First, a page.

# Is OAEP reversible?

Given nothing more than some integer $m =$ OAEP($M$), is it possible to recover the original plaintext $M$? In other words, without being given the hash functions or the random string used for encoding, or even the length of it.

EDIT: This is being used in tandem with RSA, but I don't know the hash functions that OAEP usually uses with RSA; they might be public, for all I know.

• Why would the hash-functions be unknown? Those should usually be considered public information. – Maeher Apr 27 '13 at 20:22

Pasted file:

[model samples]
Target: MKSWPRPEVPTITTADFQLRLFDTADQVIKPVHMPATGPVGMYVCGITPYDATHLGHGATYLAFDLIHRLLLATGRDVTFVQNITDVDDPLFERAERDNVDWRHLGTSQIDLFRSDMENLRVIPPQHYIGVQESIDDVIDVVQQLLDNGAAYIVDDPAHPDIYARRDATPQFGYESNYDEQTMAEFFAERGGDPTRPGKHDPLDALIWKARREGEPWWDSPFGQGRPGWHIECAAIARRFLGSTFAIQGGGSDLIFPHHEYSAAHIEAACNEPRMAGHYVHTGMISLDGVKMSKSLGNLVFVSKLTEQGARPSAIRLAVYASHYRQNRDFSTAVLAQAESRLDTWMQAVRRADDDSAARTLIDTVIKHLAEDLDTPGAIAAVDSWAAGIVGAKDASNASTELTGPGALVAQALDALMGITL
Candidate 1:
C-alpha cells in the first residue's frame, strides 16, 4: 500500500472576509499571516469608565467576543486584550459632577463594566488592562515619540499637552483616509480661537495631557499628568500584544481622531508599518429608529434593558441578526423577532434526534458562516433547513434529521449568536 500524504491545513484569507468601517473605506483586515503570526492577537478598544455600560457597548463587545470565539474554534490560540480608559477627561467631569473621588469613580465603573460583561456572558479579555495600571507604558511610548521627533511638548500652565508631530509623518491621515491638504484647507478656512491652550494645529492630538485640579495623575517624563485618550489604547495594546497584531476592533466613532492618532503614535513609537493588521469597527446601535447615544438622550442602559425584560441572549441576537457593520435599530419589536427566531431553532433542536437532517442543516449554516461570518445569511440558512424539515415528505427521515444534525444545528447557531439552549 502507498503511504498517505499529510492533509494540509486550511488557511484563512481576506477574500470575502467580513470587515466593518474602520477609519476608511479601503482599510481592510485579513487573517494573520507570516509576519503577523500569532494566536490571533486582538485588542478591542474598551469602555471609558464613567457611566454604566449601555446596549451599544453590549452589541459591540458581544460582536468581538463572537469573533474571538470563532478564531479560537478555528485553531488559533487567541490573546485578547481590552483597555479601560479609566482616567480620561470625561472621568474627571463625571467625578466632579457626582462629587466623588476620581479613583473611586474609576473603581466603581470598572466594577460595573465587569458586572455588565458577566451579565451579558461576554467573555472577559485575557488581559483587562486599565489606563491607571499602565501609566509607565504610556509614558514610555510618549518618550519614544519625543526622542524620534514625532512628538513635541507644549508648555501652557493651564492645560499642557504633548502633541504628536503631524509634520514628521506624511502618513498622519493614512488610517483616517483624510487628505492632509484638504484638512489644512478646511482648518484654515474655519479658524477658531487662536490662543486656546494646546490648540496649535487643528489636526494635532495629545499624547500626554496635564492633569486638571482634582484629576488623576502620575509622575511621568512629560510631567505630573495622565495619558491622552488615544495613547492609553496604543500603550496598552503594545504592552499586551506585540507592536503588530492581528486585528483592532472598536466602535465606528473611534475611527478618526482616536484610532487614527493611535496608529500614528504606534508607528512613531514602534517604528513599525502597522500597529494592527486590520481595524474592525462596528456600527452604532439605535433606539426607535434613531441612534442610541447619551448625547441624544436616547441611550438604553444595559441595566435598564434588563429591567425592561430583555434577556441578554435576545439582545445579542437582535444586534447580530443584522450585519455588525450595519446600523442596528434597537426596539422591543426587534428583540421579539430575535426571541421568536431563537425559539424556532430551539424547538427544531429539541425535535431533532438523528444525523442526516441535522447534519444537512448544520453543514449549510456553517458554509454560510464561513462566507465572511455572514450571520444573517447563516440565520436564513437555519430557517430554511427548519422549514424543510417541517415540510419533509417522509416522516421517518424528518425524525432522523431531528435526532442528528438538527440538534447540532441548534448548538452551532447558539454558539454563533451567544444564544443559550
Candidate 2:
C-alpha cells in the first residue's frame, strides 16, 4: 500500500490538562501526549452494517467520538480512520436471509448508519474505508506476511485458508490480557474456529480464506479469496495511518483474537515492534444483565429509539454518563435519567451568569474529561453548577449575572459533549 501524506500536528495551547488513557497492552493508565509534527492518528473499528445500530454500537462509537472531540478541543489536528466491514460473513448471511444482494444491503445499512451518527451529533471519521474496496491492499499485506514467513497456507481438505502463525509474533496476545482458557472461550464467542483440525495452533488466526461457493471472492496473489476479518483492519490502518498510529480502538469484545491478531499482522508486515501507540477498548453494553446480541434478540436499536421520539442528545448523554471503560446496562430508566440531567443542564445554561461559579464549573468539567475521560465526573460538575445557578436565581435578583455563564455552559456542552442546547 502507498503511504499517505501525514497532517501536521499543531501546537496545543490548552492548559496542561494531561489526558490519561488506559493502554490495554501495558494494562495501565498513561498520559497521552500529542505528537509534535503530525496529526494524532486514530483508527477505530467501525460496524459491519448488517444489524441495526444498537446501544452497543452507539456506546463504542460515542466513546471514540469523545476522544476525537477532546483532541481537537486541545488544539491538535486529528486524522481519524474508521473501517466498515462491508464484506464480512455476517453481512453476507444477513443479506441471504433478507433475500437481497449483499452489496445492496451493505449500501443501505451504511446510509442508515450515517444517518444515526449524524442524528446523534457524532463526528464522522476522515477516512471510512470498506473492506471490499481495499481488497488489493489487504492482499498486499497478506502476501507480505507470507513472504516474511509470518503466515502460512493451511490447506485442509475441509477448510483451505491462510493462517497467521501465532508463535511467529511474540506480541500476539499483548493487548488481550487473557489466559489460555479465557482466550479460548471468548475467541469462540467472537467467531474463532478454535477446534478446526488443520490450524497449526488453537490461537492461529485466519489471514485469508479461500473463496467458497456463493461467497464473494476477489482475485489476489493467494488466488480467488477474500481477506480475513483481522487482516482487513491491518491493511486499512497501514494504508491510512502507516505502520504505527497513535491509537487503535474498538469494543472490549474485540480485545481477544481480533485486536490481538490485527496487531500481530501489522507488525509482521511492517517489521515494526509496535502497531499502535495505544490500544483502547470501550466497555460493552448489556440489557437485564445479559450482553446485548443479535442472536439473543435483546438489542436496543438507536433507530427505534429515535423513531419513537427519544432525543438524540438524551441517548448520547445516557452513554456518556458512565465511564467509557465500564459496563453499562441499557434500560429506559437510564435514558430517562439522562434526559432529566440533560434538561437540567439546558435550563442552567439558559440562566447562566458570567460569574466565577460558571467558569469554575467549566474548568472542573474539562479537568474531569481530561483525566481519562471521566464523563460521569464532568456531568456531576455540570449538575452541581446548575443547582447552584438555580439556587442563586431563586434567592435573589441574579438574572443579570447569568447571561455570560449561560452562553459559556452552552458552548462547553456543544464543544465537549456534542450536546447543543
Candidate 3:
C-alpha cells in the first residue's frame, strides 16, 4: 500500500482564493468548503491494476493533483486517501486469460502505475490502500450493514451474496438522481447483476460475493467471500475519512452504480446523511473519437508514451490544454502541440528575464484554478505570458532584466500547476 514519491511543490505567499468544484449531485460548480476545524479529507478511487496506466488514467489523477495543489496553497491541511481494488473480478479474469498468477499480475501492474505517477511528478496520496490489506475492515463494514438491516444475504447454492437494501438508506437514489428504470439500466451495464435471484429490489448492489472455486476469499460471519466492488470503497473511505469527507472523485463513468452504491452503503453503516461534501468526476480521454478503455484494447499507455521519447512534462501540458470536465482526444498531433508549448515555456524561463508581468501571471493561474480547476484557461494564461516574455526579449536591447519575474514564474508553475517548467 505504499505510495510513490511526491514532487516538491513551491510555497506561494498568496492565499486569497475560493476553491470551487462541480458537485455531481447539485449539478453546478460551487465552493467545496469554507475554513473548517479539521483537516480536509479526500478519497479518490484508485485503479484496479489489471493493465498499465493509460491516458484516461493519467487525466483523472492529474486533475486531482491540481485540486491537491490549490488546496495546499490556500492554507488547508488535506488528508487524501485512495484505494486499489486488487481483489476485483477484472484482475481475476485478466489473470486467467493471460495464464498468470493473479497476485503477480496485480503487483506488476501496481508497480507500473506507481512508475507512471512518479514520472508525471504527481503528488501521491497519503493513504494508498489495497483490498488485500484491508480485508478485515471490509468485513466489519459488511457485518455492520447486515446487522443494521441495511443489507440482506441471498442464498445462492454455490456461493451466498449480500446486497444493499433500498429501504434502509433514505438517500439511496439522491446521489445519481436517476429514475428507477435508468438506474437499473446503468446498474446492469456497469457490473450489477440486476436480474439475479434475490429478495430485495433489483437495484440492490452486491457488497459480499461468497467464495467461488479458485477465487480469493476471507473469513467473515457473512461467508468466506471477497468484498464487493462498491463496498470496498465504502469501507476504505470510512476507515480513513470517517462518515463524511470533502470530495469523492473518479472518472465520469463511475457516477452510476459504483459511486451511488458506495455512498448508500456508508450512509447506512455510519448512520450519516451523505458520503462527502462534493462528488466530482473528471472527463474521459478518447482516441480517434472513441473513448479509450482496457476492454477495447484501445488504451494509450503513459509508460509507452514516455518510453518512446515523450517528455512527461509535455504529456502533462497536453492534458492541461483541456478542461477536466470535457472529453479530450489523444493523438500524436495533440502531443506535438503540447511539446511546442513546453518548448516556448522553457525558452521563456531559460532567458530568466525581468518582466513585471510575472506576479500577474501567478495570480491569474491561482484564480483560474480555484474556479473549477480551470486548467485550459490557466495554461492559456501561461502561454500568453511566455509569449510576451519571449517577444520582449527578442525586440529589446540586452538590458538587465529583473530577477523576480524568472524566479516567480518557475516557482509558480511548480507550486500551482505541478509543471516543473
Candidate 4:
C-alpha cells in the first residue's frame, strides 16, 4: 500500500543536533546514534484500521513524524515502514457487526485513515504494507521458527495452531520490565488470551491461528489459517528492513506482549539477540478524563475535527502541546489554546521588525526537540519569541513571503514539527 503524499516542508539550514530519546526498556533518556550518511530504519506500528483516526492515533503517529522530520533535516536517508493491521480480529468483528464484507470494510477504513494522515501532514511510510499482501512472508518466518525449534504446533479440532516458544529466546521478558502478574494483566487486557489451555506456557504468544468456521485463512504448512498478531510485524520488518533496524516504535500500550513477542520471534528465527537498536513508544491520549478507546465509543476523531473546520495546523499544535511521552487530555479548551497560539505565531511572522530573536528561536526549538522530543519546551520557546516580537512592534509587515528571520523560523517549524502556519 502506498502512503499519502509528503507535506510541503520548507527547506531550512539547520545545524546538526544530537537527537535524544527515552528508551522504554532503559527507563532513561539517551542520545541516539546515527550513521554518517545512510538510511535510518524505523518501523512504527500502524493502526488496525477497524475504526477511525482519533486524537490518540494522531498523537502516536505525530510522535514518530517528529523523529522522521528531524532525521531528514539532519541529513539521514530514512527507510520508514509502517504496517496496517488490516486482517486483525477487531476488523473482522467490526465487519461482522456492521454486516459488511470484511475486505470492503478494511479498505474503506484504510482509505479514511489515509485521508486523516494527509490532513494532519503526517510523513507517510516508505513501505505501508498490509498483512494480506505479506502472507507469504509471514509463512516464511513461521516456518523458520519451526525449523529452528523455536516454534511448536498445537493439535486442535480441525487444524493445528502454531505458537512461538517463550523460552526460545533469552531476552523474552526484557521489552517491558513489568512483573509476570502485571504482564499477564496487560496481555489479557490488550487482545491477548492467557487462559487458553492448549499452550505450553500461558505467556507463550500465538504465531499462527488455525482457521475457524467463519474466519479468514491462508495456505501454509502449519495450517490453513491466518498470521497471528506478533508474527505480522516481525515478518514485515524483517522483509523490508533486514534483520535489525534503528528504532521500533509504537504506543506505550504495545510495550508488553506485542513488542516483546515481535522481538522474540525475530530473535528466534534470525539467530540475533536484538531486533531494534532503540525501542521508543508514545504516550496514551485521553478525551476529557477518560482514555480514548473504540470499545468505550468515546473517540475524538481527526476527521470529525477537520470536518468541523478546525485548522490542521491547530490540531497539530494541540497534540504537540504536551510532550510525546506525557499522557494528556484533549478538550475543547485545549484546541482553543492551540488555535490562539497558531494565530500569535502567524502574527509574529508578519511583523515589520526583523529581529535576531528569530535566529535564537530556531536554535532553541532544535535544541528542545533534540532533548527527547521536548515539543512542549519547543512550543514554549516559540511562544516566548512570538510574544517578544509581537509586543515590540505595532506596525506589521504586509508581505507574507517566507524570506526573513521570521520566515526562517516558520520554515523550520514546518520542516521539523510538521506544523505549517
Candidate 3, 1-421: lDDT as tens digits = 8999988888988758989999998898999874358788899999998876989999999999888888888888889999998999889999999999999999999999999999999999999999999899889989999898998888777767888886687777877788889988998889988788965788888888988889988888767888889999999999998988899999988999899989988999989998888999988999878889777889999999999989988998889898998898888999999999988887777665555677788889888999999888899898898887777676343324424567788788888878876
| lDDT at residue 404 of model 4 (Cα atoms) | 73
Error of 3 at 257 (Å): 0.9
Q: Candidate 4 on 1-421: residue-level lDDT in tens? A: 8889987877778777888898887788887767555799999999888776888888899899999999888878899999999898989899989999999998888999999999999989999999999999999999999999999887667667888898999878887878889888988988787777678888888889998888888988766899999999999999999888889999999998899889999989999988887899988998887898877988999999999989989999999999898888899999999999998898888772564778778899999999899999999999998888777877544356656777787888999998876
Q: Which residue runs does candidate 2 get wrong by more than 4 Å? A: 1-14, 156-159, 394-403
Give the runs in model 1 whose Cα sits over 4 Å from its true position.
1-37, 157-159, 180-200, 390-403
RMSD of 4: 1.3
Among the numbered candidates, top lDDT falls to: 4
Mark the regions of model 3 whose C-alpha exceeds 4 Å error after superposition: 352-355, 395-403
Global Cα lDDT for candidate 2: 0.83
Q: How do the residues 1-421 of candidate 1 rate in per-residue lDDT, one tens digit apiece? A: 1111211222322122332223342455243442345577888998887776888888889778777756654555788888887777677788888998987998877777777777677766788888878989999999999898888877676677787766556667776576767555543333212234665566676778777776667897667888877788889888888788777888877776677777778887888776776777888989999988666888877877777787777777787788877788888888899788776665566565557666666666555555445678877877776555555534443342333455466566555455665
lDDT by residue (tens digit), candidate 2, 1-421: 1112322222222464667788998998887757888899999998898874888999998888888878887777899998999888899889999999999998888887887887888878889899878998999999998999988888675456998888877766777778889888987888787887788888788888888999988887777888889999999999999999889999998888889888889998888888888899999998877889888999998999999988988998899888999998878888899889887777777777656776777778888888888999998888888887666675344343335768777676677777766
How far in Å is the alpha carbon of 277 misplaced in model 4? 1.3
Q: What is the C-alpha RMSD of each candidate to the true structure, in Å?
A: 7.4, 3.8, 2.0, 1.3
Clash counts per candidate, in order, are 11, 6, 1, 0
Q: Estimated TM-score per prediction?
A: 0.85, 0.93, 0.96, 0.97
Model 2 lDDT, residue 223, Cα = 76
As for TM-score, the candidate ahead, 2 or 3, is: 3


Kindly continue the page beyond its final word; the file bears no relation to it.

• Does OAEP use certain standard hash functions when RSA is used (edited question to reflect that this is being used with RSA). – éclairevoyant Apr 27 '13 at 23:07
• there's a limited set of hash functions that can be used (i.e. are expected to be secure enough to be used), just iterated over them – ratchet freak Apr 28 '13 at 0:04

For any hash functions $$G$$ and $$H$$, OAEP is a fixed permutation involving no secret keys. Specifically, given a message $$m$$ and randomization $$r$$, OAEP returns $$(a, b)$$ where
\begin{align} a &= m \oplus G(r), \\ b &= r \oplus H(a), \end{align}
\begin{align} r &= b \oplus H(a), \\ m &= a \oplus G(r). \end{align}
So if you have $$(a, b)$$ and you can compute $$G$$ and $$H$$, you can recover $$m$$ (and $$r$$). This is exactly what RSAES-OAEP decryption does, after it completes the RSA private key operation.